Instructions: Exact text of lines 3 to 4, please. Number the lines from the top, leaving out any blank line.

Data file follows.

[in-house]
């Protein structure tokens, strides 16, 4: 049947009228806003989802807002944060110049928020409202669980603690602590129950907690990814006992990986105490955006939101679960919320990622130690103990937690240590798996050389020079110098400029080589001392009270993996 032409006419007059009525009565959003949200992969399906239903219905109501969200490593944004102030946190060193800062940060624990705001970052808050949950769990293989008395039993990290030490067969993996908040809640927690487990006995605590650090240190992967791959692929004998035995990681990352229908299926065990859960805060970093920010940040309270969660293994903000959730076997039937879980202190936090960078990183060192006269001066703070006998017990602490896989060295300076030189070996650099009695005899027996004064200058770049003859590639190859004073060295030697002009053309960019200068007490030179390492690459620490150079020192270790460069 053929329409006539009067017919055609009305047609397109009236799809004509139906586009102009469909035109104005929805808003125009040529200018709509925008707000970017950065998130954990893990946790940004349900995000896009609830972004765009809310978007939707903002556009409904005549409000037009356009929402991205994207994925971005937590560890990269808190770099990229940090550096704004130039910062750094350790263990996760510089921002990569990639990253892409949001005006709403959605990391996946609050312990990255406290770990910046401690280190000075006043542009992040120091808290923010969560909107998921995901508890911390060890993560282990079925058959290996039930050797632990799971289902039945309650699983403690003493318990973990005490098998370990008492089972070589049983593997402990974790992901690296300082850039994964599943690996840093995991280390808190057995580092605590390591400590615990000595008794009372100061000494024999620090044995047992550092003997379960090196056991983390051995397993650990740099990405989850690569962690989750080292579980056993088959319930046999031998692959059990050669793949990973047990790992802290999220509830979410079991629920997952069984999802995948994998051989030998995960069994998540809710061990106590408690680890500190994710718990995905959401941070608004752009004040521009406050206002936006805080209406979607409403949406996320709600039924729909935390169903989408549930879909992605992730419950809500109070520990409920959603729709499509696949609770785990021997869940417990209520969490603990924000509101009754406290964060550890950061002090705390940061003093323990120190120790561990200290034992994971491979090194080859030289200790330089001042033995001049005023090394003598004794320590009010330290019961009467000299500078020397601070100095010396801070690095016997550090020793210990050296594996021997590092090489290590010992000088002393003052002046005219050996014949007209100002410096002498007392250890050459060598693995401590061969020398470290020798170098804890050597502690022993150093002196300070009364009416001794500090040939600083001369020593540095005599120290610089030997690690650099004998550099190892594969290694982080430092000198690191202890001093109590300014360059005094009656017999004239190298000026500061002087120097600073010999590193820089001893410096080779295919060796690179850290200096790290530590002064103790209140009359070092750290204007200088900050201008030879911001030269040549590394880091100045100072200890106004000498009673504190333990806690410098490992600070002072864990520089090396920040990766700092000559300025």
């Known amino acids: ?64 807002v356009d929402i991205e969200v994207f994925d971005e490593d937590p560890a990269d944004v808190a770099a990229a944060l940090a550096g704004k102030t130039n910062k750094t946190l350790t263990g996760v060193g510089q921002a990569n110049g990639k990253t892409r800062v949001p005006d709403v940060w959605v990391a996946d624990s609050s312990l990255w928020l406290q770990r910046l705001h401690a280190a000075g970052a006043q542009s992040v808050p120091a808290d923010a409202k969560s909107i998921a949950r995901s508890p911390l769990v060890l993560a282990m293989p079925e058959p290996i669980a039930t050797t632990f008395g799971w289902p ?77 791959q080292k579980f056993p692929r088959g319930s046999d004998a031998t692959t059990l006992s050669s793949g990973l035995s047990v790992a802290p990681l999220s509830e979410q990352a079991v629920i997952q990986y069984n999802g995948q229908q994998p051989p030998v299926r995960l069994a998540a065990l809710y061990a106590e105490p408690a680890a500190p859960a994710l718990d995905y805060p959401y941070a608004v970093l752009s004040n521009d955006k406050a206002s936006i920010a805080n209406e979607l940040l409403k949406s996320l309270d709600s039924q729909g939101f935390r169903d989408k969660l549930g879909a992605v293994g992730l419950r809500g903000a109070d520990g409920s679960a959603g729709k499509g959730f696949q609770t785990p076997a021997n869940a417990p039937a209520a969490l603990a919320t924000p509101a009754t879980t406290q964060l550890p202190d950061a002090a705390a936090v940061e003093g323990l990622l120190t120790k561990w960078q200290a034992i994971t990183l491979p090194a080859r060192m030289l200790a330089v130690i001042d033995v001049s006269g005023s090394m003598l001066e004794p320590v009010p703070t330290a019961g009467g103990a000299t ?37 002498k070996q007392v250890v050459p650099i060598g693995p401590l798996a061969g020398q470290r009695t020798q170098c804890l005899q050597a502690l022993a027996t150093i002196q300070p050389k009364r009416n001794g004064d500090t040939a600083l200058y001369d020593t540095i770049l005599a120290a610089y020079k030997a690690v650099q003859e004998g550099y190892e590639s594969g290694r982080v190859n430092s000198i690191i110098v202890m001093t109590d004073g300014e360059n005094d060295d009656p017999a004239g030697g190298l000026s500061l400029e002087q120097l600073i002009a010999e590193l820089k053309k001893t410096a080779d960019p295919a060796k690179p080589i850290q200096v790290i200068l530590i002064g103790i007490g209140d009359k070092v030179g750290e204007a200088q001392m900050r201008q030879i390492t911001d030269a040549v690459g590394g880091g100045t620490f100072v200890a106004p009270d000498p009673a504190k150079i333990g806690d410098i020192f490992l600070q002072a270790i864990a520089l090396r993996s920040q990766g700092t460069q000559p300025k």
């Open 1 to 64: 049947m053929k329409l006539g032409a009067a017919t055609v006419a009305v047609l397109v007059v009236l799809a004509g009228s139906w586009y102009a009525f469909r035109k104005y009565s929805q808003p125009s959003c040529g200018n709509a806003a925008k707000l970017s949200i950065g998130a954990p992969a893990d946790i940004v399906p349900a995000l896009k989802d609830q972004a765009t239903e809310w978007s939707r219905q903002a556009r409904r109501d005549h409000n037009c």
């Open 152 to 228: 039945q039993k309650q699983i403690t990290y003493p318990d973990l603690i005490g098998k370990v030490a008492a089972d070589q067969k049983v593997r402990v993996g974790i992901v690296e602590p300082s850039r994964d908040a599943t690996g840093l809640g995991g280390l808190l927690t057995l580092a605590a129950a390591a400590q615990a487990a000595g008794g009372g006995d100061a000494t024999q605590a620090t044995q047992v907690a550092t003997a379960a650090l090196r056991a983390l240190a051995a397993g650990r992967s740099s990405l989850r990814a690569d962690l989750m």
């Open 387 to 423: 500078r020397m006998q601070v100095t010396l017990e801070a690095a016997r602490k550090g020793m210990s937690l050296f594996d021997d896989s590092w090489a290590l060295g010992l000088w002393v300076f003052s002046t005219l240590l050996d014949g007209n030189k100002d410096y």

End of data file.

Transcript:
């Known amino acids: ?64 807002v356009d929402i991205e969200v994207f994925d971005e490593d937590p560890a990269d944004v808190a770099a990229a944060l940090a550096g704004k102030t130039n910062k750094t946190l350790t263990g996760v060193g510089q921002a990569n110049g990639k990253t892409r800062v949001p005006d709403v940060w959605v990391a996946d624990s609050s312990l990255w928020l406290q770990r910046l705001h401690a280190a000075g970052a006043q542009s992040v808050p120091a808290d923010a409202k969560s909107i998921a949950r995901s508890p911390l769990v060890l993560a282990m293989p079925e058959p290996i669980a039930t050797t632990f008395g799971w289902p ?77 791959q080292k579980f056993p692929r088959g319930s046999d004998a031998t692959t059990l006992s050669s793949g990973l035995s047990v790992a802290p990681l999220s509830e979410q990352a079991v629920i997952q990986y069984n999802g995948q229908q994998p051989p030998v299926r995960l069994a998540a065990l809710y061990a106590e105490p408690a680890a500190p859960a994710l718990d995905y805060p959401y941070a608004v970093l752009s004040n521009d955006k406050a206002s936006i920010a805080n209406e979607l940040l409403k949406s996320l309270d709600s039924q729909g939101f935390r169903d989408k969660l549930g879909a992605v293994g992730l419950r809500g903000a109070d520990g409920s679960a959603g729709k499509g959730f696949q609770t785990p076997a021997n869940a417990p039937a209520a969490l603990a919320t924000p509101a009754t879980t406290q964060l550890p202190d950061a002090a705390a936090v940061e003093g323990l990622l120190t120790k561990w960078q200290a034992i994971t990183l491979p090194a080859r060192m030289l200790a330089v130690i001042d033995v001049s006269g005023s090394m003598l001066e004794p320590v009010p703070t330290a019961g009467g103990a000299t ?37 002498k070996q007392v250890v050459p650099i060598g693995p401590l798996a061969g020398q470290r009695t020798q170098c804890l005899q050597a502690l022993a027996t150093i002196q300070p050389k009364r009416n001794g004064d500090t040939a600083l200058y001369d020593t540095i770049l005599a120290a610089y020079k030997a690690v650099q003859e004998g550099y190892e590639s594969g290694r982080v190859n430092s000198i690191i110098v202890m001093t109590d004073g300014e360059n005094d060295d009656p017999a004239g030697g190298l000026s500061l400029e002087q120097l600073i002009a010999e590193l820089k053309k001893t410096a080779d960019p295919a060796k690179p080589i850290q200096v790290i200068l530590i002064g103790i007490g209140d009359k070092v030179g750290e204007a200088q001392m900050r201008q030879i390492t911001d030269a040549v690459g590394g880091g100045t620490f100072v200890a106004p009270d000498p009673a504190k150079i333990g806690d410098i020192f490992l600070q002072a270790i864990a520089l090396r993996s920040q990766g700092t460069q000559p300025k």
């Open 1 to 64: 049947m053929k329409l006539g032409a009067a017919t055609v006419a009305v047609l397109v007059v009236l799809a004509g009228s139906w586009y102009a009525f469909r035109k104005y009565s929805q808003p125009s959003c040529g200018n709509a806003a925008k707000l970017s949200i950065g998130a954990p992969a893990d946790i940004v399906p349900a995000l896009k989802d609830q972004a765009t239903e809310w978007s939707r219905q903002a556009r409904r109501d005549h409000n037009c």